‘In my opinion, a society run along “evolutionary” lines would not be a very nice society in which to live. But further, there’s no logical reason why we should try to derive our normative standards from evolution. It’s perfectly consistent to say this is the way it is–natural selection is out there and it is a very unpleasant process. Nature is red in tooth and claw. But I don’t want to live in that kind of a world. I want to change the world in which I live in such a way that natural selection no longer applies.’ 

    From my perspective it seems the case that God (if he exists) made this “red in tooth and claw” world and man is increasingly attaining the ability to change it for the better.

  • Parasum

     Maybe not so much “Janus-faced”, as not joining the dots. Britain is a fiction, standing for the reality of a nation state of c.60 million different people with diff. ideas.  So the Janus faces may simply be different trends of opinion eld by different groups.

  • Joe R

    Velcome  to Nhatzee Britanny, ve haff vays of making you talk…

  • Alison Davis2

    Excellent comparison by Francis.  I am another who could well have been aborted if conceived when all these “exciting breakthroughs” (ie more accute pre-natal tests) were available.  I have spina bifida & upwards of 80% of unborn children with my disability are aborted.  The Telegraph article said it all about our society’s “Janus-faced” attitude in an attempt to “wipe out” Down’s syndrome by killing those who have it.  

  • maxmarley

    And the disabled must include those able-bodied too blind and deaf to comprehend where abortion and contraception are taking this country. 
    England [anglo-saxons] appears to have a fertility rate less than 1.9. 
    Many other western European countries have this problem.Historically no culture has ever reversed a 1.9 fertility rate. A rate of 1.3 is impossible to reverse.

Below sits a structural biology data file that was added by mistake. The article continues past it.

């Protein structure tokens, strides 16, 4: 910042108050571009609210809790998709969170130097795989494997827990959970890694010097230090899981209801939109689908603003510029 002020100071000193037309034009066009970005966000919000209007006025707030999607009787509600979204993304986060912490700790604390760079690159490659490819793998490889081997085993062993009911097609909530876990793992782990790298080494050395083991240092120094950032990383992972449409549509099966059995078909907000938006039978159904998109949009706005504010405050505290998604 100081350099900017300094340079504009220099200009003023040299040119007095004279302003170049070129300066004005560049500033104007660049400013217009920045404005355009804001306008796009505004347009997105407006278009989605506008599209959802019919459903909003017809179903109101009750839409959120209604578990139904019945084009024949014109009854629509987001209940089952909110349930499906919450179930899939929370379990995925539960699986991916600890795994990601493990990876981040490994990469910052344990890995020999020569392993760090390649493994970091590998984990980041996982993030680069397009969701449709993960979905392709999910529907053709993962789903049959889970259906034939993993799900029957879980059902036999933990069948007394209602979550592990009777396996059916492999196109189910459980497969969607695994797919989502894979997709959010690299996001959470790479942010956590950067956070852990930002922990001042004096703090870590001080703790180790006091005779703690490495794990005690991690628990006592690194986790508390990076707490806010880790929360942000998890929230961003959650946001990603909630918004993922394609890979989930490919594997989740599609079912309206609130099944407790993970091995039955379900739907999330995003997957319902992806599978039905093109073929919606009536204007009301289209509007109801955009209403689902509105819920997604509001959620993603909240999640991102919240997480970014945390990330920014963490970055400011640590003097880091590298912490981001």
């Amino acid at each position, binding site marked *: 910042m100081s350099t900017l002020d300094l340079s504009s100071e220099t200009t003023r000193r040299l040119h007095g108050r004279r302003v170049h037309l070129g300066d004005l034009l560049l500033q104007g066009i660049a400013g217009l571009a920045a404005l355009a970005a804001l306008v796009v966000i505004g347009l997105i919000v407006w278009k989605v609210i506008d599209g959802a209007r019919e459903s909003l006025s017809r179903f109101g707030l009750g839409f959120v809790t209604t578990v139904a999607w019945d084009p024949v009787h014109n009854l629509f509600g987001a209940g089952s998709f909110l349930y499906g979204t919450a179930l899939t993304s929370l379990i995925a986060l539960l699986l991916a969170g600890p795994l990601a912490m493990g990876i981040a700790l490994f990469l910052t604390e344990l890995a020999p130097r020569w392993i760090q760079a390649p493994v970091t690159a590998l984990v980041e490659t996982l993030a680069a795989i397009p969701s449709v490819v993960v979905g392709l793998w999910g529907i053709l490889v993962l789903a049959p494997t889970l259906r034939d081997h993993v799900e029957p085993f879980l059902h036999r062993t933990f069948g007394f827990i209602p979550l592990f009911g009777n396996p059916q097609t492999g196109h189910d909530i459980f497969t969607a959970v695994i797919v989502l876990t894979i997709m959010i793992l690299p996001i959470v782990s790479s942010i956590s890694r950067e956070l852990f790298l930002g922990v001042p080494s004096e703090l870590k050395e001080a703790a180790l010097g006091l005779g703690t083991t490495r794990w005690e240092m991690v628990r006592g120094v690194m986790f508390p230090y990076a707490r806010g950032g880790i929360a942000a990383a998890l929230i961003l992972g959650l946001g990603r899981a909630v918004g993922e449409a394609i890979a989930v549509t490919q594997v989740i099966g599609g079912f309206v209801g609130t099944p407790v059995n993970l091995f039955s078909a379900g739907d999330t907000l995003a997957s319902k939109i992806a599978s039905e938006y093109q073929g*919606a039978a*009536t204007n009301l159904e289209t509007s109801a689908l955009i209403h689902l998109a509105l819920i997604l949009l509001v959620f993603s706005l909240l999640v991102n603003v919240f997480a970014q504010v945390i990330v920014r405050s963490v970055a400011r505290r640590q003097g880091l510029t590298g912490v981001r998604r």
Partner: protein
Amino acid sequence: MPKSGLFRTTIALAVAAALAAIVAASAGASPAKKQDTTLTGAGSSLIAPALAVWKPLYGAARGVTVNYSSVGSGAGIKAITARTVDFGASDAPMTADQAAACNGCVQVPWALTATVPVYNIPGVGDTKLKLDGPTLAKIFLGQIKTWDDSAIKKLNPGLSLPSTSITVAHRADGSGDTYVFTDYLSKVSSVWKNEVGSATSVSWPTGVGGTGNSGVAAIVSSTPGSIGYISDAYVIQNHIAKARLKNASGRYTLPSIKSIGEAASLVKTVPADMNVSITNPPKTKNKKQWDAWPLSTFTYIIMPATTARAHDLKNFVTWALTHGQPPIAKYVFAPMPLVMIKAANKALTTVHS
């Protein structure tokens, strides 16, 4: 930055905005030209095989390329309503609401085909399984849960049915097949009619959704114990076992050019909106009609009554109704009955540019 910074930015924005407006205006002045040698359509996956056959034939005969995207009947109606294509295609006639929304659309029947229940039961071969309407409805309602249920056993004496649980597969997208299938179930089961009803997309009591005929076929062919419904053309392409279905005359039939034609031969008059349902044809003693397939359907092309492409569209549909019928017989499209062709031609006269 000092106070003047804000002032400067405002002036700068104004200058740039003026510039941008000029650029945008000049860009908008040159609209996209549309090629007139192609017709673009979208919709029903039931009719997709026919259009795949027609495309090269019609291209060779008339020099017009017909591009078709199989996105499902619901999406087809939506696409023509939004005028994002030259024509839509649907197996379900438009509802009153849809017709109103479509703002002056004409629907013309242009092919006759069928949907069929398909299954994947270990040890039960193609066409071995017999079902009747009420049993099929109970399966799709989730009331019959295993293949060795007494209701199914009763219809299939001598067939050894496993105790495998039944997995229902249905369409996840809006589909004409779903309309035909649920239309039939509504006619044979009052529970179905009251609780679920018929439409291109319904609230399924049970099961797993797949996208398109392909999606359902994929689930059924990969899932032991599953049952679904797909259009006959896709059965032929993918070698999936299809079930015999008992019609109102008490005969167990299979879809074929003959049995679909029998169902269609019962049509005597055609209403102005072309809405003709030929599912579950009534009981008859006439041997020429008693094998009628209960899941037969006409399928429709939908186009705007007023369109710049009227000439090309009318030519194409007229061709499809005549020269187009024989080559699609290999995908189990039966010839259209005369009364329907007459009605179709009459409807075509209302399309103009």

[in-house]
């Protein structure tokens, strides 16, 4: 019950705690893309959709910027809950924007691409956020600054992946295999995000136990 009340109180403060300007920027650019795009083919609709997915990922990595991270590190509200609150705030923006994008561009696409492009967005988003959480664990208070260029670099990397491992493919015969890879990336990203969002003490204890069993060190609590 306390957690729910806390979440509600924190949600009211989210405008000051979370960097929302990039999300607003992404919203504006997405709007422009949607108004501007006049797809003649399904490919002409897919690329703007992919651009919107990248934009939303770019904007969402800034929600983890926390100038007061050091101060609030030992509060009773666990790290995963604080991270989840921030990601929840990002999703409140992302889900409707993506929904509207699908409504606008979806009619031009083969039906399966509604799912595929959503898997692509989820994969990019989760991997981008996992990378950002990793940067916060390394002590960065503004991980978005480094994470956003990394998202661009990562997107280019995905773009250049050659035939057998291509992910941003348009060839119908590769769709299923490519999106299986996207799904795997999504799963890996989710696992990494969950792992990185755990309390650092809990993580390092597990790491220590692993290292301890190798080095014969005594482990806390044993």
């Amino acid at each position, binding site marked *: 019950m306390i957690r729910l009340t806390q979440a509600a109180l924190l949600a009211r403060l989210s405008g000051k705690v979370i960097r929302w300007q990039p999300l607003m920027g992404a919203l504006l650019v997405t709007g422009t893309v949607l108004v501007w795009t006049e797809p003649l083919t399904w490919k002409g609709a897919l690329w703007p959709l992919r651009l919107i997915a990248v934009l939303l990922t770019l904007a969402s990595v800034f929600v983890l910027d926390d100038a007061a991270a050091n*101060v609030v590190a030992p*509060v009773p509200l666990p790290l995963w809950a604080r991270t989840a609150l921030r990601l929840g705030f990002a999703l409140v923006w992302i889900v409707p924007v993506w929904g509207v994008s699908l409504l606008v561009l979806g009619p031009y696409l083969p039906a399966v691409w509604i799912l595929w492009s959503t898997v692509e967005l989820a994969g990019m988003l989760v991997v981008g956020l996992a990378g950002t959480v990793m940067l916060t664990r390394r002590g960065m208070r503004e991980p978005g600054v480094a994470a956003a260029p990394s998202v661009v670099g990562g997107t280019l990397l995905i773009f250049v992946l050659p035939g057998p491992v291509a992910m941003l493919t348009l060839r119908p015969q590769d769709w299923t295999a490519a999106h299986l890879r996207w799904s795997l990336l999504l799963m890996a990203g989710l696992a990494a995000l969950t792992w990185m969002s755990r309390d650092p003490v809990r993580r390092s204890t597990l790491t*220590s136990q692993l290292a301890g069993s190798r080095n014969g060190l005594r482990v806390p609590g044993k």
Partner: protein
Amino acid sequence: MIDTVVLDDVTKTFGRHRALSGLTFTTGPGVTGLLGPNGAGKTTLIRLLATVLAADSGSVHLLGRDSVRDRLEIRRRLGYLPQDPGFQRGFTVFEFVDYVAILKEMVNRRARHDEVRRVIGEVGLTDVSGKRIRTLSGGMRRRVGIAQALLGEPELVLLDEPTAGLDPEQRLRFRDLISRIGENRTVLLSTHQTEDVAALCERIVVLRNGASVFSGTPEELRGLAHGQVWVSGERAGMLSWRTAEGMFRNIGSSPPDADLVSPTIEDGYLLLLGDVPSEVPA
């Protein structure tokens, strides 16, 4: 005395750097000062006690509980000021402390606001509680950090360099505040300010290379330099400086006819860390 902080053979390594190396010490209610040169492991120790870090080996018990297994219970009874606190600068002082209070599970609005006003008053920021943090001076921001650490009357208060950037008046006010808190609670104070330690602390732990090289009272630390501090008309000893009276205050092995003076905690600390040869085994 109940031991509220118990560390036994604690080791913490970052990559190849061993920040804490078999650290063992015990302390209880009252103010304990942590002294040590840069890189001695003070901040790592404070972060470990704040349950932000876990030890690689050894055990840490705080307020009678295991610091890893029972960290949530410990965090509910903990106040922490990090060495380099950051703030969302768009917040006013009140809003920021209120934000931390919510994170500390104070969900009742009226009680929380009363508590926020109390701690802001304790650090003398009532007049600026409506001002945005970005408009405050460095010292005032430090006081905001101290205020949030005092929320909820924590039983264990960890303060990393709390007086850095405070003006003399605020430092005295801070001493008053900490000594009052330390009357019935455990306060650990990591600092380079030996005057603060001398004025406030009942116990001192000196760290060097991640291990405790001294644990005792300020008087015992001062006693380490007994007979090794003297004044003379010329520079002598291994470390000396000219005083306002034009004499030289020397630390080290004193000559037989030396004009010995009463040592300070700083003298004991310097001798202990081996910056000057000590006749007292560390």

A moral disaster will ultimately become a natural disaster.
    Only the Catholic Church seems to have the wisdom to see where the blind and the deaf are taking us demographically.

  • Just_a_simpleton

    Another great article. Thank you Francis

  • Meena

    The immigrants more than make this up.

    But seriously fertility rates are determined by government policies (tax, family and child-friendly policies, tax rates, unemployment etc).

    Some immigrants need large families to run their 24/7 and 365 days-a-year businesses:  eg. off-licences, general corner stores, news agents, chemists and mini cabs.

  • Honeybadger

    Spot on, Francis. Spot on.

    Disabled people are the most crucial, essential members of society. They bring out the best in humanity and – unfortunately – the worst. Recently, my local paper reported a sharp rise in attacks on guide dogs and their owners. Selfish,spoilt brat low lifes who haven’t a blank-blank clue about life without sight or the time and money from charity that it takes to train the guide dogs!

    Since the Government allowed press releases to national newspapers about low-lifes who steal Disability Living Allowance, physical and verbal abuse has increased – thus giving the twisted and entirely wrong impression that all people who are claiming this essential benefit are spongers and scroungers.

    Do these misinformed, thick people realise just how flipping tough it is to apply for DLA? I bet it would be far, far easier to write an essay about the workings of a combine harvester in Egyptian heiroglyphics!

    I have thoroughly enjoyed both the Olympics and Paralympic games for sure. What took the gloss off it for me was to see the name of the firm ATOS plastered around the Olympic venues. ATOS is contracted by the UK Government to take as many people OFF DLA with their Stasi-style methods!

    What is so chilling about this country’s attitude towards abortion it is that it rembles the Nazis obsession with a perfect master race and our throwaway, life-is-cheap society. Obama is attempting to take the USA down the same route.

    The Queen might end up with writer’s cramp ascending reams of legislation against disability discrimination. Legislation alone won’t put a lid on it.

    When the last of the political speeches disappear into the smoke and the ticker tape is swept up and recycled and the medals are put into cabinets and frames, I hope attitudes will change for the better…

    But, having said that, why is my heart aching with a soupcon of pessimism?